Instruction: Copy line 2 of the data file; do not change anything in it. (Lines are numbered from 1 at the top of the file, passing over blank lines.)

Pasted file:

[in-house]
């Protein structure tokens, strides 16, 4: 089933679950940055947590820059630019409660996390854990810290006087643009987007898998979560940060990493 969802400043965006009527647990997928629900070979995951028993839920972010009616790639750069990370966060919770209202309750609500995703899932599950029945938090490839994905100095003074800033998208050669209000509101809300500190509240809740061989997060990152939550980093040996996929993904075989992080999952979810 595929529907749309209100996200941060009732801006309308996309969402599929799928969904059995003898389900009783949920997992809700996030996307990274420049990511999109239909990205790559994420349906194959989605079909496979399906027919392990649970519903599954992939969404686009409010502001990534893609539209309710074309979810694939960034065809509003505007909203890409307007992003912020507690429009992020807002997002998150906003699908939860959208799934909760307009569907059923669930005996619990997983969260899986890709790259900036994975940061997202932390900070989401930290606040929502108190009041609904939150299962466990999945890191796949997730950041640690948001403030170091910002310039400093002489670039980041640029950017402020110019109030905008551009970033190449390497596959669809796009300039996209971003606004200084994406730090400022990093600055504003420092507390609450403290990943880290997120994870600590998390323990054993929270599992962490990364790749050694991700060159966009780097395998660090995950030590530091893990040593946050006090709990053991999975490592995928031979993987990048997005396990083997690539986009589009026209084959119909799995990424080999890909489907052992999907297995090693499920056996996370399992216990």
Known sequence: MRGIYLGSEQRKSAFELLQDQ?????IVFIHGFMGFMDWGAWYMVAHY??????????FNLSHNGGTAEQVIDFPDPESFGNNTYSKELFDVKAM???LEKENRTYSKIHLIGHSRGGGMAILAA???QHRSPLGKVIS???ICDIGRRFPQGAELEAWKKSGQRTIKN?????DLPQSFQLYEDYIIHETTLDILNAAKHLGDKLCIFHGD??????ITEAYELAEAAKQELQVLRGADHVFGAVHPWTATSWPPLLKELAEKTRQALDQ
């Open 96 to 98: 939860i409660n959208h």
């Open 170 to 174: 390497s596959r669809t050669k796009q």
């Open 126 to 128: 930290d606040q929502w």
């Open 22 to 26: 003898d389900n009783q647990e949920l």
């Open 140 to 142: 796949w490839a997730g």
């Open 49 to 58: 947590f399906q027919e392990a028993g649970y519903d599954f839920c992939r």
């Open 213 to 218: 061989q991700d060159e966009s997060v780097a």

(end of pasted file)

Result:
């Protein structure tokens, strides 16, 4: 089933679950940055947590820059630019409660996390854990810290006087643009987007898998979560940060990493 969802400043965006009527647990997928629900070979995951028993839920972010009616790639750069990370966060919770209202309750609500995703899932599950029945938090490839994905100095003074800033998208050669209000509101809300500190509240809740061989997060990152939550980093040996996929993904075989992080999952979810 595929529907749309209100996200941060009732801006309308996309969402599929799928969904059995003898389900009783949920997992809700996030996307990274420049990511999109239909990205790559994420349906194959989605079909496979399906027919392990649970519903599954992939969404686009409010502001990534893609539209309710074309979810694939960034065809509003505007909203890409307007992003912020507690429009992020807002997002998150906003699908939860959208799934909760307009569907059923669930005996619990997983969260899986890709790259900036994975940061997202932390900070989401930290606040929502108190009041609904939150299962466990999945890191796949997730950041640690948001403030170091910002310039400093002489670039980041640029950017402020110019109030905008551009970033190449390497596959669809796009300039996209971003606004200084994406730090400022990093600055504003420092507390609450403290990943880290997120994870600590998390323990054993929270599992962490990364790749050694991700060159966009780097395998660090995950030590530091893990040593946050006090709990053991999975490592995928031979993987990048997005396990083997690539986009589009026209084959119909799995990424080999890909489907052992999907297995090693499920056996996370399992216990």